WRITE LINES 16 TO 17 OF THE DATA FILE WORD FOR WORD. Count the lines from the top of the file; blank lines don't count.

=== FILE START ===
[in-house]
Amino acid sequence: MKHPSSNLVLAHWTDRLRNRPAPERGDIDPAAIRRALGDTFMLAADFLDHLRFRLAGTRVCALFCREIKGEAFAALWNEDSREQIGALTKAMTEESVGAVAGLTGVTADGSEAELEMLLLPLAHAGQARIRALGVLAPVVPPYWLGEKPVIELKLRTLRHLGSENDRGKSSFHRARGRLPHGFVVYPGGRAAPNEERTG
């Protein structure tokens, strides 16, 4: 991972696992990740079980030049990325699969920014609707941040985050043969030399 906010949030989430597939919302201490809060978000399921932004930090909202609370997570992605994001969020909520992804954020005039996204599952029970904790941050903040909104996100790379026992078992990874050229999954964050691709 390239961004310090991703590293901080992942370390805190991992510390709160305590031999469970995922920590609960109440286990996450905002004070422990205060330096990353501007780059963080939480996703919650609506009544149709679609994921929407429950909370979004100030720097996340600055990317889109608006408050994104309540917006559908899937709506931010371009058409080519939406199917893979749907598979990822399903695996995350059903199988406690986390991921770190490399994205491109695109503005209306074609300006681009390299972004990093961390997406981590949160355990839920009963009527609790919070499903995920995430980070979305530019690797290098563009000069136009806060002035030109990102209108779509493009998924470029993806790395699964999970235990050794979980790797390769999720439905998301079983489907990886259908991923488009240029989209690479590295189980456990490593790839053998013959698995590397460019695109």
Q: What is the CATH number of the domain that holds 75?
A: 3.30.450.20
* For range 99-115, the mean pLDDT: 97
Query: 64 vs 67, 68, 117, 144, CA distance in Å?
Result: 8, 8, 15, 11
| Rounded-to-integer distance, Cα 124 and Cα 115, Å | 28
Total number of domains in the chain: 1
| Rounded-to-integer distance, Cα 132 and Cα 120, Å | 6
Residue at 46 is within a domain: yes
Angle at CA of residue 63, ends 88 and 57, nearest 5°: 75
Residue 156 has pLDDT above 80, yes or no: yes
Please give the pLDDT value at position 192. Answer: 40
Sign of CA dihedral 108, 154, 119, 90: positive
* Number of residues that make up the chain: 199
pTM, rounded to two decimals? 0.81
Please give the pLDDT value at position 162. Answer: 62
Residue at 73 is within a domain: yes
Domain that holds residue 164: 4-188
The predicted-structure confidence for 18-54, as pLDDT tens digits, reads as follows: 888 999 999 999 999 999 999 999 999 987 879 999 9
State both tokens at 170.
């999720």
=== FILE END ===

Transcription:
Sign of CA dihedral 108, 154, 119, 90: positive
* Number of residues that make up the chain: 199